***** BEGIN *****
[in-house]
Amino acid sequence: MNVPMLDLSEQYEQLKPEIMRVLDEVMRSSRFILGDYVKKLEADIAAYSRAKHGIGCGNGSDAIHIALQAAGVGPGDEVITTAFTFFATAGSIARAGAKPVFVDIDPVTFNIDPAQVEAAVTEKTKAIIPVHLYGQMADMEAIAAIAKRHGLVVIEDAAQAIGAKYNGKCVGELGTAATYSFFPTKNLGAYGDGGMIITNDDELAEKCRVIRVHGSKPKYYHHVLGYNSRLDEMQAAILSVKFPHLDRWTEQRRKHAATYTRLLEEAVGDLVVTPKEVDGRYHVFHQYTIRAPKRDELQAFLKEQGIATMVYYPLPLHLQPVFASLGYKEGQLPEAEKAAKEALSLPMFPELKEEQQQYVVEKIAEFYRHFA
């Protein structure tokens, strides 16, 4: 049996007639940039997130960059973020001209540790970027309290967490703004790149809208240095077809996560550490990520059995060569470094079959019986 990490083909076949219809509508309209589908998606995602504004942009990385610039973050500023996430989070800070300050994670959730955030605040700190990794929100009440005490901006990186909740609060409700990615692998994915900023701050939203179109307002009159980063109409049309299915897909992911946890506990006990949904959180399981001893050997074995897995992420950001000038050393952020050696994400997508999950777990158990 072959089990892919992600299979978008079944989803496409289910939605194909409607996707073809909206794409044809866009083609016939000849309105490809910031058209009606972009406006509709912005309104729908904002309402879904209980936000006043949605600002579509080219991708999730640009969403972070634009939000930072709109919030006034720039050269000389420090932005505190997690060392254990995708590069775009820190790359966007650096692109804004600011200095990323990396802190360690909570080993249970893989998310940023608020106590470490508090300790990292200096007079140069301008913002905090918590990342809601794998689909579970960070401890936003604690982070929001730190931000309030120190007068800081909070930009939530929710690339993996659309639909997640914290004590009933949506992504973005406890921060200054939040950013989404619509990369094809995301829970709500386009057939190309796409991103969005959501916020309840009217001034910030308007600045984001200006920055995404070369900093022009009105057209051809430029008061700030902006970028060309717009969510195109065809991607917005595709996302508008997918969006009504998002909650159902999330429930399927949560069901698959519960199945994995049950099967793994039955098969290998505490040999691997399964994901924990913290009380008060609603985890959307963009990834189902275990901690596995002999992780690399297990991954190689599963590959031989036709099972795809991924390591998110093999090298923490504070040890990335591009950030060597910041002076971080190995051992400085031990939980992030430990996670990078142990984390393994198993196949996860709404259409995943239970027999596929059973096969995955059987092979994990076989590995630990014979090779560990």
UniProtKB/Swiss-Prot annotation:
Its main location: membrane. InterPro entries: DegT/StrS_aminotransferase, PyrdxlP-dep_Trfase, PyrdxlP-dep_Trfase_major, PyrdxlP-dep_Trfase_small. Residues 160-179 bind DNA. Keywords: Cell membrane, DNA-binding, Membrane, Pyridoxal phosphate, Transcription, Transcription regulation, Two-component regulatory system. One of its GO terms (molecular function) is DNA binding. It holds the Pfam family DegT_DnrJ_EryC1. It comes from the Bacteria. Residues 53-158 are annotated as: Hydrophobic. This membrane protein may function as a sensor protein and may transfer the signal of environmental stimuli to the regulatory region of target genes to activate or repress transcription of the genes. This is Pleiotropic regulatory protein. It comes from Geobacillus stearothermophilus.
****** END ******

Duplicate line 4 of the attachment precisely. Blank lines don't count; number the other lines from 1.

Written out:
UniProtKB/Swiss-Prot annotation: